8) The Complete Guide to ACT Reading: The Complete Guide to ACT Reading
9) The Complete Guide to ACT English: The Complete Guide to ACT English, 2nd Edition
10) ACT Quantum Free Math Videos - explanations to every question in the 3rd edition of the Real ACT prep guide, plus the 4 additional tests available online
11) Barron’s ACT, 2nd Edition: Barron's ACT, 2nd Edition (Barron's Act (Book Only))
For those of you who will be taking the ACT with accommodations, you should also know that extended time is more flexible than on the SAT.
On the SAT, extended time is allocated on a per-section basis, but on the ACT with extended time, you are given 6 hours to allocate your time among the sections however you choose, so long as you complete each section in the order provided. You can not go back after you’ve finished a section, but you can, for example, take much longer on the sections that are difficult for you.
This feature is a definite plus for those who are approved for extended time, but some have suggested that the scoring curve may have become tougher on the ACT in recent years as a result. Thus, it's nice to have some newer tests with updated score conversions that more closely reflect the current demographics of the test.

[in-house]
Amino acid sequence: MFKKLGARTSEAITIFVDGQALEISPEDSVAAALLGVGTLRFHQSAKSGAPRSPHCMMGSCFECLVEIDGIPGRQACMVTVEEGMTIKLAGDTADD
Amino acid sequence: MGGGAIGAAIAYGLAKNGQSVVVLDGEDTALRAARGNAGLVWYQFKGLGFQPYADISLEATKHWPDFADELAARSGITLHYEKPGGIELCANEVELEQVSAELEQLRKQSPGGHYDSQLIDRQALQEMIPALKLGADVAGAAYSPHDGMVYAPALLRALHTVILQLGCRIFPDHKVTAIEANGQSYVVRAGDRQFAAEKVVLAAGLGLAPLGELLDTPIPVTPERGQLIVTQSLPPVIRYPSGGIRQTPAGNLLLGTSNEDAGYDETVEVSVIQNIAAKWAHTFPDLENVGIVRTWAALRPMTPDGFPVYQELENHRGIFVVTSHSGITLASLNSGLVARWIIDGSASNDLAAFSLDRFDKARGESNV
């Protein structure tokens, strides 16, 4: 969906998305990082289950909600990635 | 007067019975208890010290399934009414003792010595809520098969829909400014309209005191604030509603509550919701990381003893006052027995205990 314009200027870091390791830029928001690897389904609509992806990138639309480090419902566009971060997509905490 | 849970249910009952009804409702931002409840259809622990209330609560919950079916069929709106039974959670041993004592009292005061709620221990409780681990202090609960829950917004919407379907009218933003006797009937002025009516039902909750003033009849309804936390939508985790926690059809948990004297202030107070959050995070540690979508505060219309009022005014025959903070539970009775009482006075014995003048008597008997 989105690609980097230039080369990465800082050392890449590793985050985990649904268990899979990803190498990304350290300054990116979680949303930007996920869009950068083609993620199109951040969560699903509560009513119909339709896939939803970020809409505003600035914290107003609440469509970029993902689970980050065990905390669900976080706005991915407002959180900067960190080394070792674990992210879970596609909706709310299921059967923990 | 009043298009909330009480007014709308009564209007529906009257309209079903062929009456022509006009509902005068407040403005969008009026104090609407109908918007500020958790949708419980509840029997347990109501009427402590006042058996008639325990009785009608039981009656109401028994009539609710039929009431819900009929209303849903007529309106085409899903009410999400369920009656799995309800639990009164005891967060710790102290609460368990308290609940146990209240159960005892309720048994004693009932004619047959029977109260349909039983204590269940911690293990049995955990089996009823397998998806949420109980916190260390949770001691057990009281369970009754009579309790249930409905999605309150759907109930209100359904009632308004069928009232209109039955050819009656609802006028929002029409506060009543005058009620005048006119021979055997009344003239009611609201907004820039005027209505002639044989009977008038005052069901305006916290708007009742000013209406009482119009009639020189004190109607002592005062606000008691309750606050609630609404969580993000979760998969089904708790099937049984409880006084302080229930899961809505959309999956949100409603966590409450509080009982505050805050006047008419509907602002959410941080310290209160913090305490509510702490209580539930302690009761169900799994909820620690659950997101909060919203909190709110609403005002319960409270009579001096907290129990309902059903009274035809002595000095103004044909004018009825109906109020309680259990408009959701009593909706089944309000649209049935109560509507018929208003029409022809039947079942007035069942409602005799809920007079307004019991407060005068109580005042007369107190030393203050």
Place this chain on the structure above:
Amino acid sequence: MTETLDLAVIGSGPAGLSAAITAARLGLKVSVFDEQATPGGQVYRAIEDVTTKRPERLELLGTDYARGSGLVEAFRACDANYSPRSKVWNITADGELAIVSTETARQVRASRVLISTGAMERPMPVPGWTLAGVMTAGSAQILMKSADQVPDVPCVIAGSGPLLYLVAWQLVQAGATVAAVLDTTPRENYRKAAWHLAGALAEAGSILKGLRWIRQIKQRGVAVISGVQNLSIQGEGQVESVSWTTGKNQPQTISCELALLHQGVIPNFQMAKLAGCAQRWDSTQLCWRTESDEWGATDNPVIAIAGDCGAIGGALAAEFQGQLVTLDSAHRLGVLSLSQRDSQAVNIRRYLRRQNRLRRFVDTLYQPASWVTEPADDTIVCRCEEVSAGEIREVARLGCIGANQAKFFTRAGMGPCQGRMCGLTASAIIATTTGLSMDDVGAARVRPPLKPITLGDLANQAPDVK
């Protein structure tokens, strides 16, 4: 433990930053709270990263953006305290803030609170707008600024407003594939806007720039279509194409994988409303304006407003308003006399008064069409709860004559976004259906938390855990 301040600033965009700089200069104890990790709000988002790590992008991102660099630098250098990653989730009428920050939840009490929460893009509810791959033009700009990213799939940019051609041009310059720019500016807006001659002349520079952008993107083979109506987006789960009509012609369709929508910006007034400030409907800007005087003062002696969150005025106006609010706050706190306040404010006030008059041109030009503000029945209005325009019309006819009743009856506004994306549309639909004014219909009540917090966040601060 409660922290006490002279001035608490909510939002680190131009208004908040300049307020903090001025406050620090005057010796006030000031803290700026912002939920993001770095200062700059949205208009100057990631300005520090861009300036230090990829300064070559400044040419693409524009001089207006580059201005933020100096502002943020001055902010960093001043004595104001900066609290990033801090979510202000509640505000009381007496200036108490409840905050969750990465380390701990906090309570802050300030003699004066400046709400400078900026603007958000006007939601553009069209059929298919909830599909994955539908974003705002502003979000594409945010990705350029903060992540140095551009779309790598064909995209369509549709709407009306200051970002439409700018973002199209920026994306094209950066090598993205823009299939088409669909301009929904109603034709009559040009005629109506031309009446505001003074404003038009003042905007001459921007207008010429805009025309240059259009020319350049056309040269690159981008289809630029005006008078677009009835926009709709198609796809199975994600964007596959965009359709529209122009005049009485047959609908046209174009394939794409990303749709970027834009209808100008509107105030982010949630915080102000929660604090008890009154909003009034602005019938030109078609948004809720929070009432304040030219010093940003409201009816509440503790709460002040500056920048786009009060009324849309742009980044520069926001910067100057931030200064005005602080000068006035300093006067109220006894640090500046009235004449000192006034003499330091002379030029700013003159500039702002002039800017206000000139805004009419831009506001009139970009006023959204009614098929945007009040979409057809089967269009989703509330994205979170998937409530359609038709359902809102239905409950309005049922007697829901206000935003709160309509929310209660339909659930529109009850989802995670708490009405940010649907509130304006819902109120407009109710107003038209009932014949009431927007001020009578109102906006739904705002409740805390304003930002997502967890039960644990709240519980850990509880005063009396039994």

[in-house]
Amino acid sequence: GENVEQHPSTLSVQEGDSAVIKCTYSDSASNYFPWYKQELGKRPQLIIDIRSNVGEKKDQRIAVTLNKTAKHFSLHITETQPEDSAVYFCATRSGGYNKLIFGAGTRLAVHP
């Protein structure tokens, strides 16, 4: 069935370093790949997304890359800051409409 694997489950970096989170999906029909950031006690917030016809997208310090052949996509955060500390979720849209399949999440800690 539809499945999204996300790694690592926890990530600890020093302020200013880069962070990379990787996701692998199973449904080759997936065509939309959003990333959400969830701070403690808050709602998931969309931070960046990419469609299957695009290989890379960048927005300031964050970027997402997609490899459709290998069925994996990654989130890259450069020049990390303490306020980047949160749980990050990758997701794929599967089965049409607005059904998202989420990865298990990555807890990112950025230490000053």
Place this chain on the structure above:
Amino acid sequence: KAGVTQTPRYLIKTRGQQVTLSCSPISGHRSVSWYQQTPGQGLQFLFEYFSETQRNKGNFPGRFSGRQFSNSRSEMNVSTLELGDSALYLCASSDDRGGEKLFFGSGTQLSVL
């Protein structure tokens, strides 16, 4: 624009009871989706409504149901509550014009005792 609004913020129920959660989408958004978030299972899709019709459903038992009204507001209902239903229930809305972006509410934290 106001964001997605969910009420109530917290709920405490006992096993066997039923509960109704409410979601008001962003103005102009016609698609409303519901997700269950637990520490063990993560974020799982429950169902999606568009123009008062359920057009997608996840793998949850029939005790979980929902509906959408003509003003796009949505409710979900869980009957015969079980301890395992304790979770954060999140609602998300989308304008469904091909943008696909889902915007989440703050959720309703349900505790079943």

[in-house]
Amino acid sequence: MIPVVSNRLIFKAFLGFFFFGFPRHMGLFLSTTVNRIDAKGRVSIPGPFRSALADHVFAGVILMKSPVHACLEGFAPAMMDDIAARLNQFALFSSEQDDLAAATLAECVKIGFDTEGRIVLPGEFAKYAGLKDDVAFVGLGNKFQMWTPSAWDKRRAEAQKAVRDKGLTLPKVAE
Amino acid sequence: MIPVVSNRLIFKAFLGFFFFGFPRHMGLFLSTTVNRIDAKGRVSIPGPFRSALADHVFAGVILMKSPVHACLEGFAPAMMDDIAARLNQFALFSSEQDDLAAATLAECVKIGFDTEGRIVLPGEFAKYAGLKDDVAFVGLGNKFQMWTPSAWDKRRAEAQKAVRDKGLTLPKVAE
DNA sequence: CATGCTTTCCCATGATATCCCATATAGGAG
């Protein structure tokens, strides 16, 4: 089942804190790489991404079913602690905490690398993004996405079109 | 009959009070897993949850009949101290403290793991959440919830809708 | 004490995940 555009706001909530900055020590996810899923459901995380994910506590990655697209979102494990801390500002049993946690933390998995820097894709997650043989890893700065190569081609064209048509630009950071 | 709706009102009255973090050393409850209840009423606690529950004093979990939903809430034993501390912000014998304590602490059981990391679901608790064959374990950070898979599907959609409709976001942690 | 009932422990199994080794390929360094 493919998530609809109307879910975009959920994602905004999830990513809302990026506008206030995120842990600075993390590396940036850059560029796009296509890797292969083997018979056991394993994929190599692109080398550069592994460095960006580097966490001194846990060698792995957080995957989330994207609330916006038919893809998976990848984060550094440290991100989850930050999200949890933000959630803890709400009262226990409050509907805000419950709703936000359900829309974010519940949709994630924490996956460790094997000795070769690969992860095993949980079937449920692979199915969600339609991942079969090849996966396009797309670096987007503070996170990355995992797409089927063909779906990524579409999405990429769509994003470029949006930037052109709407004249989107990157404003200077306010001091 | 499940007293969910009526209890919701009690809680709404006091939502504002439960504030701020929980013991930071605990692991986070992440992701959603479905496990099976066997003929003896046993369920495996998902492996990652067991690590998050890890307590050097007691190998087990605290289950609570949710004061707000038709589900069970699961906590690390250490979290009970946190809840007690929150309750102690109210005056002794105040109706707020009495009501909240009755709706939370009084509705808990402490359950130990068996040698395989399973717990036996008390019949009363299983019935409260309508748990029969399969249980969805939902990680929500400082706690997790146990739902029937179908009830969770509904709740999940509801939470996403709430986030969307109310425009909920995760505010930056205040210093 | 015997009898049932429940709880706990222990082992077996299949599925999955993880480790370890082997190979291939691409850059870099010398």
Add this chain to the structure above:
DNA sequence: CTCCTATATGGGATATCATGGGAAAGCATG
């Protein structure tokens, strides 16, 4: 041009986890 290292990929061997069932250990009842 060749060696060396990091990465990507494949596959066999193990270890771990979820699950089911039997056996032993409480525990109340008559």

The ACT is administered six times a year, on varying days: September, October, December, February, April and June.
Three times a year, the ACT offers what's called the Test Information Release (TIR), which--unlike the other test dates--allows you to order an actual (paper) copy of the questions, along with your answers. Sign up for the Test Information Release in advance if you can--it costs extra, and takes about six weeks from the time you receive your scores online, but it's still worth it. (You can also order a copy of your essay afterward, which requres an additional form and fee.)
Currently the TIR is offered in December, April and June. Thus, these are the best three months to take the test, because otherwise there will no way to review your incorrectly answered questions.
Good luck with your studies! Please leave any questions or comments below and I will be sure to respond.